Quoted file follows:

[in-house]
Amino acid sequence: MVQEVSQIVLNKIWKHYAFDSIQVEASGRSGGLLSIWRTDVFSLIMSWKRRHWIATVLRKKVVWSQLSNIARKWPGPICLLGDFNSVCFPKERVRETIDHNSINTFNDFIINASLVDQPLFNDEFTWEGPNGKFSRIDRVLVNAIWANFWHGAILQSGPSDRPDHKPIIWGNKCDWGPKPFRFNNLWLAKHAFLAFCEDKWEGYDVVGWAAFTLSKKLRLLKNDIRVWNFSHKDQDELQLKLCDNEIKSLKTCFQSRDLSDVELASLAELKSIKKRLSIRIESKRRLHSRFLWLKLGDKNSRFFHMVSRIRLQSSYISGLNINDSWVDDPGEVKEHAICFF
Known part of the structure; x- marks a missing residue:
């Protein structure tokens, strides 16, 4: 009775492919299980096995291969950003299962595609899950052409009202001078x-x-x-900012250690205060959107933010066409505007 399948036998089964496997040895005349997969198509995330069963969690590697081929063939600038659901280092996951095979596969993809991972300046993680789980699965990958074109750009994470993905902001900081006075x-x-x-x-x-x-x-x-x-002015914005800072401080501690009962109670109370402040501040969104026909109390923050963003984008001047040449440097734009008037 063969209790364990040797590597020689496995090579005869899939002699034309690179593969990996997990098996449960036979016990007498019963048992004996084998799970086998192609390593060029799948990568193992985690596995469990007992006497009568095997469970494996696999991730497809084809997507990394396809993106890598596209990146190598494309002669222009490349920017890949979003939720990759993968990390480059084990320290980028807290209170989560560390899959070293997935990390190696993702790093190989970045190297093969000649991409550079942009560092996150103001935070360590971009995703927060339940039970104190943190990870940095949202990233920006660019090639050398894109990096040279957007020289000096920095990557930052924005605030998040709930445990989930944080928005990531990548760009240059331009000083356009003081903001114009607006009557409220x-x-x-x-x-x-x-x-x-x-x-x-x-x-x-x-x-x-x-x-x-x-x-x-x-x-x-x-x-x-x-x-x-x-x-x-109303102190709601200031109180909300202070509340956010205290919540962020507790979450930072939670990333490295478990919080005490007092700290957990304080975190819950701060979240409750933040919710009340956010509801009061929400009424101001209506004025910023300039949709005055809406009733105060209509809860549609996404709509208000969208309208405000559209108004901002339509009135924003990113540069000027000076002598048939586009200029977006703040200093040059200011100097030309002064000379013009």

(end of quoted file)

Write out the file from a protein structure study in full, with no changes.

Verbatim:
[in-house]
Amino acid sequence: MVQEVSQIVLNKIWKHYAFDSIQVEASGRSGGLLSIWRTDVFSLIMSWKRRHWIATVLRKKVVWSQLSNIARKWPGPICLLGDFNSVCFPKERVRETIDHNSINTFNDFIINASLVDQPLFNDEFTWEGPNGKFSRIDRVLVNAIWANFWHGAILQSGPSDRPDHKPIIWGNKCDWGPKPFRFNNLWLAKHAFLAFCEDKWEGYDVVGWAAFTLSKKLRLLKNDIRVWNFSHKDQDELQLKLCDNEIKSLKTCFQSRDLSDVELASLAELKSIKKRLSIRIESKRRLHSRFLWLKLGDKNSRFFHMVSRIRLQSSYISGLNINDSWVDDPGEVKEHAICFF
Known part of the structure; x- marks a missing residue:
């Protein structure tokens, strides 16, 4: 009775492919299980096995291969950003299962595609899950052409009202001078x-x-x-900012250690205060959107933010066409505007 399948036998089964496997040895005349997969198509995330069963969690590697081929063939600038659901280092996951095979596969993809991972300046993680789980699965990958074109750009994470993905902001900081006075x-x-x-x-x-x-x-x-x-002015914005800072401080501690009962109670109370402040501040969104026909109390923050963003984008001047040449440097734009008037 063969209790364990040797590597020689496995090579005869899939002699034309690179593969990996997990098996449960036979016990007498019963048992004996084998799970086998192609390593060029799948990568193992985690596995469990007992006497009568095997469970494996696999991730497809084809997507990394396809993106890598596209990146190598494309002669222009490349920017890949979003939720990759993968990390480059084990320290980028807290209170989560560390899959070293997935990390190696993702790093190989970045190297093969000649991409550079942009560092996150103001935070360590971009995703927060339940039970104190943190990870940095949202990233920006660019090639050398894109990096040279957007020289000096920095990557930052924005605030998040709930445990989930944080928005990531990548760009240059331009000083356009003081903001114009607006009557409220x-x-x-x-x-x-x-x-x-x-x-x-x-x-x-x-x-x-x-x-x-x-x-x-x-x-x-x-x-x-x-x-x-x-x-x-109303102190709601200031109180909300202070509340956010205290919540962020507790979450930072939670990333490295478990919080005490007092700290957990304080975190819950701060979240409750933040919710009340956010509801009061929400009424101001209506004025910023300039949709005055809406009733105060209509809860549609996404709509208000969208309208405000559209108004901002339509009135924003990113540069000027000076002598048939586009200029977006703040200093040059200011100097030309002064000379013009």